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Eddies in the Beaufort Gyre

A. Plueddemann
Associate Scientist, WHOI

Supported by: National Science Foundation Office of Polar Programs

This project used observations of velocity in the western Arctic pycnocline (25-300~m depth) made with Acoustic Doppler Current Profilers (ADCPs) to investigate the distribution and properties of subsurface eddies. The ADCPs were deployed on autonomous drifters called, Ice Ocean Environmental Buoys (IOEBs), that were frozen into the pack ice (Figure 1).

Figure 1. Ice-Ocean Environmental Buoy [Larger image]
Data were available from three IOEB deployments within the Beaufort Gyre between 1992 and 1998. Ninety five probable eddy encounters were identified during the four IOEB deployments, which included 44 months of buoy drift. Physical properties were determined for 62 encounters in a series of steps, the most important of which was estimating the eddy center. The typical eddy encounter rate was 1 per 100 km of drift (Figure 2). The highest encounter rate was in the Canada Basin, but a significant number of eddies were also found to the west of the basin, over the Chukchi Plateau.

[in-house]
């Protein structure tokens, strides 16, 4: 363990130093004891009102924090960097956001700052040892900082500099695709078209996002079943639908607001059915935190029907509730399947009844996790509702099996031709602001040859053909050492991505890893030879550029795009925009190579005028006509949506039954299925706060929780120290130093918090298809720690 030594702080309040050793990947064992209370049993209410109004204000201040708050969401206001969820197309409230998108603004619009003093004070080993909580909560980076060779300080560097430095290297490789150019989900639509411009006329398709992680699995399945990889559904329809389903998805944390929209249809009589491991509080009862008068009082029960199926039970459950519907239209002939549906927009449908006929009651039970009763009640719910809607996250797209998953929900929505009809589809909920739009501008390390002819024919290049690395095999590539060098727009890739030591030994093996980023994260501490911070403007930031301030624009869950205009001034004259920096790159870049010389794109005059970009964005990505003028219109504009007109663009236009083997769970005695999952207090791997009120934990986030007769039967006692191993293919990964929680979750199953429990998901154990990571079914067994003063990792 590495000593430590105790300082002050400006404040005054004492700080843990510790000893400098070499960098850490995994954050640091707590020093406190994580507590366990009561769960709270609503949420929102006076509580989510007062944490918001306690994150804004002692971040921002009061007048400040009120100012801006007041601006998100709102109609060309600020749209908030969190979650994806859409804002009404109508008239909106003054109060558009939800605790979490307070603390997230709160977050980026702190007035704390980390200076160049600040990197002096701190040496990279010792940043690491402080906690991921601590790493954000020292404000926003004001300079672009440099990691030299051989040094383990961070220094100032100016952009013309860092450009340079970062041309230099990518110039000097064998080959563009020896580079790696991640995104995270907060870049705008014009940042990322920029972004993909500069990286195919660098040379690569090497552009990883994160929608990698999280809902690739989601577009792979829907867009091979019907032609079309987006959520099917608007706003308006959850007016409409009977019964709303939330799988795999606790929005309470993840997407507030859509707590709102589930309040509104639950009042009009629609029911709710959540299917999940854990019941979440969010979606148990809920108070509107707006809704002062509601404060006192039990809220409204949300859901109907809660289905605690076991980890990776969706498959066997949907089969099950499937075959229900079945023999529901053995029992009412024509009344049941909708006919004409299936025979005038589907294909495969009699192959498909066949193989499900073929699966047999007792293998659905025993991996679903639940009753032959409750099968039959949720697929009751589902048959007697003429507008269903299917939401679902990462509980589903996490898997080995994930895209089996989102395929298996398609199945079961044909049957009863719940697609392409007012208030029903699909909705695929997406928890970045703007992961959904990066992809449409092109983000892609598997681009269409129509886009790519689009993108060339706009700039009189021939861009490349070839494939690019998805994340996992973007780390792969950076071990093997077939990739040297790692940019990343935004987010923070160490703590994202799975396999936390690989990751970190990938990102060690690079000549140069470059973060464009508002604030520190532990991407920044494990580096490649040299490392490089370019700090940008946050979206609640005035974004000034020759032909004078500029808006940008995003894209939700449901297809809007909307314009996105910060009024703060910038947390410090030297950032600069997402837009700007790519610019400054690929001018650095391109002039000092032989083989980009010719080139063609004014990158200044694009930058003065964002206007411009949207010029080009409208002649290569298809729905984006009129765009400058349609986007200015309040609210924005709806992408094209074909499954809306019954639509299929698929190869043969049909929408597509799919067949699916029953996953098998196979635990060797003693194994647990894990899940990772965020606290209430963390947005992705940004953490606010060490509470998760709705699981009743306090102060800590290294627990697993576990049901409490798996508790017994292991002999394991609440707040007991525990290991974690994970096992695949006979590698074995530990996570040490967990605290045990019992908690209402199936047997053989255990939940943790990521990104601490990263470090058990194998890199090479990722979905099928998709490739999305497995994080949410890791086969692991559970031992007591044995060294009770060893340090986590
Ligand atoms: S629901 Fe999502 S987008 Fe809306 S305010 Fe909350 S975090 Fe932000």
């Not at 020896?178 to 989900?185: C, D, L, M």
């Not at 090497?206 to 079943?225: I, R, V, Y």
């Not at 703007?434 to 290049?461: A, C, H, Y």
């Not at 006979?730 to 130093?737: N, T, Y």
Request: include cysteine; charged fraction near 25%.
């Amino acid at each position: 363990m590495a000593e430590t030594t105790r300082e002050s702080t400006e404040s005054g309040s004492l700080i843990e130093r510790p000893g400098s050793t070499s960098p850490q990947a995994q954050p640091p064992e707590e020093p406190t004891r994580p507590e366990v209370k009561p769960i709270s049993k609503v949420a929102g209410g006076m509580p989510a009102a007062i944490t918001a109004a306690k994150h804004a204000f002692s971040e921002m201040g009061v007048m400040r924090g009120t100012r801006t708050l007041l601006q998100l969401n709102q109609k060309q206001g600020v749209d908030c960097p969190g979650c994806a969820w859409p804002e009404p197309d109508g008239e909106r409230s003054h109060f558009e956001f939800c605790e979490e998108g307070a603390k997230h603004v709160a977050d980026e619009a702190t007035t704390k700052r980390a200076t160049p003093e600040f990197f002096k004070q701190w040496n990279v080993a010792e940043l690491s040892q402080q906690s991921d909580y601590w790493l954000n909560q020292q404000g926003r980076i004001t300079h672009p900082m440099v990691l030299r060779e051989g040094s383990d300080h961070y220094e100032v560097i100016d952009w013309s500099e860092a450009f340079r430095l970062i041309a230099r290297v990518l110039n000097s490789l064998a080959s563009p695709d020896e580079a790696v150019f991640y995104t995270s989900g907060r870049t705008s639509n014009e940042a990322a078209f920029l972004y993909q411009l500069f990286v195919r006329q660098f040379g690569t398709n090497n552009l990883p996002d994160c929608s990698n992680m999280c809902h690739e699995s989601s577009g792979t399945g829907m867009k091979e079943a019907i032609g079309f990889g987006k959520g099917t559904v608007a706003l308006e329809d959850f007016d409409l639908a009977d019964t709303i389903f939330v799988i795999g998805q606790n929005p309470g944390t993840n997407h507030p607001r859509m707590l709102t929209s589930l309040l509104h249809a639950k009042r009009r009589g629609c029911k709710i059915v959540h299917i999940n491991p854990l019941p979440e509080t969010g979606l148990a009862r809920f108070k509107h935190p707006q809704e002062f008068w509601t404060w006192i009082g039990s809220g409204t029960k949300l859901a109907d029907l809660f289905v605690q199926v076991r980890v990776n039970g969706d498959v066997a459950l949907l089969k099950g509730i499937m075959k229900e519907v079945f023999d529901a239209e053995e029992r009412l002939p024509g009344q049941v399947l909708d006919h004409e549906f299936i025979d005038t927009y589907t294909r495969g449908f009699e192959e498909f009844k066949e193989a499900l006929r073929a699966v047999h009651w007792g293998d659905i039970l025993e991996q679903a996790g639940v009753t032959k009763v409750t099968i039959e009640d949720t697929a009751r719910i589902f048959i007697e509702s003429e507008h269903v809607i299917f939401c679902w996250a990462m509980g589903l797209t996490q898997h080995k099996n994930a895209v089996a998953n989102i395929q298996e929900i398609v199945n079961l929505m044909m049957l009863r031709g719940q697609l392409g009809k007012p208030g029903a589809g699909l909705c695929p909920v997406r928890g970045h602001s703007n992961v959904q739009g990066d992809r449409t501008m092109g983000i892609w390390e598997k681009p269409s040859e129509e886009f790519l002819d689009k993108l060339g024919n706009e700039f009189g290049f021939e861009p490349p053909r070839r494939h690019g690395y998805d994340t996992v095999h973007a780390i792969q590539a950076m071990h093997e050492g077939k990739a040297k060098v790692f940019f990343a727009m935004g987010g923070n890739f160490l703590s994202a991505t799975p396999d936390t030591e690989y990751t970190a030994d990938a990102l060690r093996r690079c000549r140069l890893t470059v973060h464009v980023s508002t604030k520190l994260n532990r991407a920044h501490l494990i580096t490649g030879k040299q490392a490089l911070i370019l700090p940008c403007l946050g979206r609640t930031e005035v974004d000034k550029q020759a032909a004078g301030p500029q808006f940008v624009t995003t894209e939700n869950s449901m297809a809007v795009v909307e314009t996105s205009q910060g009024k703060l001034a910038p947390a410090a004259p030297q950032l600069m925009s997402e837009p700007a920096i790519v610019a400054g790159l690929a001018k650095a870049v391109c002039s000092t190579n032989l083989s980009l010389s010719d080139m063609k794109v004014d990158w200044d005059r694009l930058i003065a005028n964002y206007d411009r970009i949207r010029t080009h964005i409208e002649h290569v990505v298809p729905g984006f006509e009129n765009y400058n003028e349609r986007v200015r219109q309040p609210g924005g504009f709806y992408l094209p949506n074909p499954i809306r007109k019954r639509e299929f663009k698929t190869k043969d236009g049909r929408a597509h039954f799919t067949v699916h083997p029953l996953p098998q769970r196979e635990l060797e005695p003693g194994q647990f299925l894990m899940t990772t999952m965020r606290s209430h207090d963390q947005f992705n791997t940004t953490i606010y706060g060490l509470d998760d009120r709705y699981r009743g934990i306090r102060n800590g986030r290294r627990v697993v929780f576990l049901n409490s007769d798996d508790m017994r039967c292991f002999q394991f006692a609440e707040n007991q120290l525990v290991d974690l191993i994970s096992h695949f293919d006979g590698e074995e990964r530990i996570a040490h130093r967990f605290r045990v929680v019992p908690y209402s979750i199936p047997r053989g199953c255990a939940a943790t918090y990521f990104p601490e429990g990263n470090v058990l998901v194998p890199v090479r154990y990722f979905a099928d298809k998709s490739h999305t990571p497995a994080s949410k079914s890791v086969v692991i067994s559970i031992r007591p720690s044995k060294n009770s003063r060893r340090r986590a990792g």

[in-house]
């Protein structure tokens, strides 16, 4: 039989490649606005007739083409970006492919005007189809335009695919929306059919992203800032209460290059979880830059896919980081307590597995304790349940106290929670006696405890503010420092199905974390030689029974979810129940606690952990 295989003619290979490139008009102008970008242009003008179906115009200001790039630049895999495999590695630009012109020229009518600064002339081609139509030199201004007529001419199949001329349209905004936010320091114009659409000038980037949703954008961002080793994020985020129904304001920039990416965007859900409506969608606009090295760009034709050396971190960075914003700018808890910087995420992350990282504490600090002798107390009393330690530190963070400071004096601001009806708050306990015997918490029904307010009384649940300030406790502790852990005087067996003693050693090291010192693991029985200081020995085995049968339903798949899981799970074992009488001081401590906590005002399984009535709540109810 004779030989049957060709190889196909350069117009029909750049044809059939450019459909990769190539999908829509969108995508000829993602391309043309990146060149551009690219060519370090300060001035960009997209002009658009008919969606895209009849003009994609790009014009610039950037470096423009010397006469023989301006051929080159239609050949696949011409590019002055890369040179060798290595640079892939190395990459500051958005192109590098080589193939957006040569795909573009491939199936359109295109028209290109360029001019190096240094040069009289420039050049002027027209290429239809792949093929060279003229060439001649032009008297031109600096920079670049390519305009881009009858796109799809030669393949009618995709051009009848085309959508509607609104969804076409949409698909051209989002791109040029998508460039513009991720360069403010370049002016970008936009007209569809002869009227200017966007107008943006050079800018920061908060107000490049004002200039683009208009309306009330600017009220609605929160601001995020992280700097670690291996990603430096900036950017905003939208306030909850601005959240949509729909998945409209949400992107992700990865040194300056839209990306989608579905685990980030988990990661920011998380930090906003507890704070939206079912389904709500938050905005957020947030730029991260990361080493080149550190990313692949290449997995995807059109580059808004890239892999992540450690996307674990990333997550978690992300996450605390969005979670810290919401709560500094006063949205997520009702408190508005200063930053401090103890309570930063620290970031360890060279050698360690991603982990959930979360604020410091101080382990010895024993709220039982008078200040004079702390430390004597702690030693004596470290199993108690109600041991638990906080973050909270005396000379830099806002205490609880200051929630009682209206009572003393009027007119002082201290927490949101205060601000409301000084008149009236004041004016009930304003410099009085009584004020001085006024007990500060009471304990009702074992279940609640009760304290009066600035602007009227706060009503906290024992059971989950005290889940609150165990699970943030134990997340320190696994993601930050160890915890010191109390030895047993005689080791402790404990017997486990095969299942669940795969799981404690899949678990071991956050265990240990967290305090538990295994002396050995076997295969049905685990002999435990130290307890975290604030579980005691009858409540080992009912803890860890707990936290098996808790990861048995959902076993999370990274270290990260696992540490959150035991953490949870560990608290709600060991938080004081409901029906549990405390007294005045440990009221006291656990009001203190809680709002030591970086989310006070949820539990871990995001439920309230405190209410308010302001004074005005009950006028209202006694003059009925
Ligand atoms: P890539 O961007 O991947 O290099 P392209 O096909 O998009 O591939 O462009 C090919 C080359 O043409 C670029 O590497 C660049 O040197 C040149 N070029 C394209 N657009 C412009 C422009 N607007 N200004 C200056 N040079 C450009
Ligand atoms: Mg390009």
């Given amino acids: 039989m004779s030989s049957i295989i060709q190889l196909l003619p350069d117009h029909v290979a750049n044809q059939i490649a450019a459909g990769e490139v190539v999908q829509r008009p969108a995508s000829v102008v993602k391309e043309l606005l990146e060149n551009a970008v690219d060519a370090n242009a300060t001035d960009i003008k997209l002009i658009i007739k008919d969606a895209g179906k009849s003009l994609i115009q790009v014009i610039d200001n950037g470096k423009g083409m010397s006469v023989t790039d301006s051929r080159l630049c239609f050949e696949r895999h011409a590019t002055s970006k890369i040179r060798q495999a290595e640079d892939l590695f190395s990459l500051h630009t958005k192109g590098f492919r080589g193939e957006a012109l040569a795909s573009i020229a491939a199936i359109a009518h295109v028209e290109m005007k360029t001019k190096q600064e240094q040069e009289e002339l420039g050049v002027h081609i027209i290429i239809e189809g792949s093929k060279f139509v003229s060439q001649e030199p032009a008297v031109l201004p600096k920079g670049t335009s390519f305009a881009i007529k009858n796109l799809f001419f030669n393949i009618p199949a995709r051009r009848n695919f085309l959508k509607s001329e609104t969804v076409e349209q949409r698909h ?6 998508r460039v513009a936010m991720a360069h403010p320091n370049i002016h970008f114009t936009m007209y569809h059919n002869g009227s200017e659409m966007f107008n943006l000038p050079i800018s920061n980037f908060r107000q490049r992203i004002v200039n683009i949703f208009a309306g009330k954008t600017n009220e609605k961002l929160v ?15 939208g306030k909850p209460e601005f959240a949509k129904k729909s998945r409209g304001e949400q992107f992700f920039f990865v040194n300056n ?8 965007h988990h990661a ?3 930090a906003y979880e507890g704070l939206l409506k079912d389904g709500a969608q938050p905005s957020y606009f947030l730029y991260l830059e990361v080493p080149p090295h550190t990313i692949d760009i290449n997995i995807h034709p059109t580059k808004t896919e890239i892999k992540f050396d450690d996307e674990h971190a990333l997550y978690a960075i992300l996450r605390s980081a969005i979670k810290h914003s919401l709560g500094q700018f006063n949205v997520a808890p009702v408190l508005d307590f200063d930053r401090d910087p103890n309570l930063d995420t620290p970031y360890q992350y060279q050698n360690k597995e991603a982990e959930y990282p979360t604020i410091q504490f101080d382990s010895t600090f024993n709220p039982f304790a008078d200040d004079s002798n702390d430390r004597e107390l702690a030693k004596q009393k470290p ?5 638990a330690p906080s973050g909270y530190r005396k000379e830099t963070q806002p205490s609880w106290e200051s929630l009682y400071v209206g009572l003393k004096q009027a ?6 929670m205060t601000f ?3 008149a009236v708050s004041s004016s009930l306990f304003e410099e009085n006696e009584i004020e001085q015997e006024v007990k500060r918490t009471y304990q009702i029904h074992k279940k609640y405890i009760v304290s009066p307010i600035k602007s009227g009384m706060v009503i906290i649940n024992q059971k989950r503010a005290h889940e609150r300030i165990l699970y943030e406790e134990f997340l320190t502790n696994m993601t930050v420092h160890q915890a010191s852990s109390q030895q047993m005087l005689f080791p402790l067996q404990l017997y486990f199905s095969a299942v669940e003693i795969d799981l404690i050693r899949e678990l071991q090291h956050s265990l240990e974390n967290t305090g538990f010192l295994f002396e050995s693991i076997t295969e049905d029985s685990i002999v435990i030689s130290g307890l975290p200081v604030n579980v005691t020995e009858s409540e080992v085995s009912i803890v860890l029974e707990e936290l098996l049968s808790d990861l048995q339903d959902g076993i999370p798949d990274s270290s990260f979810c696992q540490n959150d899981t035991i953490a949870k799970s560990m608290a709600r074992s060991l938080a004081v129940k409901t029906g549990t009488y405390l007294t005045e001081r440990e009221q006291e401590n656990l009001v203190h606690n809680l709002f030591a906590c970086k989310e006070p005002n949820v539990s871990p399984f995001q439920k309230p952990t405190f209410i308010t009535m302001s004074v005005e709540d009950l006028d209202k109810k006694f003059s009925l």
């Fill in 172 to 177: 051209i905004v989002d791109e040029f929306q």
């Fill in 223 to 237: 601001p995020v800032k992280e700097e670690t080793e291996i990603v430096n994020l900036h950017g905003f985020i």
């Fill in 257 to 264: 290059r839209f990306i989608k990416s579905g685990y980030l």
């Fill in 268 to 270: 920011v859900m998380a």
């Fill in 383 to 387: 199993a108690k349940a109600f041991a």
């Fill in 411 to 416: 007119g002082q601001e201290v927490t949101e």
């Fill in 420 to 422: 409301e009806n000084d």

Figure 2. IOEB drift tracks and eddy locations [Larger image]
The number of eddies with reliable physical property estimates was sufficient to generate meaningful statistics of eddy size, strength, and vertical structure (Figure 3). The majority of center depths were between 90 and 160~m and the mean vertical extent was 130~m. Thus, eddies were found predominantly within the cold halocline. Maximum rotation speeds were typically 20-35 cm/s, with some greater than 40 cm/s. Typical radii were 3-8 km. Faster rotation speeds were associated with larger vertical extent and larger radius. The sense of rotation was predominantly anticyclonic.

Dynamical properties were determined for 22 eddies. Tangential velocity increased nearly linearly within the eddy core (i.e. out to the radius of maximum velocity). Velocity decay in the eddy periphery was rapid, with values approaching background velocities within 2.5 times the radius of maximum velocity. Relative vorticity was maximum in the eddy core, with values nearly equal and opposite to the local planetary vorticity. Strain was largest outside the radius of maximum velocity.  These results are consistent with isolated eddy cores in approximate solid body rotation.

Figure 3. Physical properties of Arctic eddies [Larger image]

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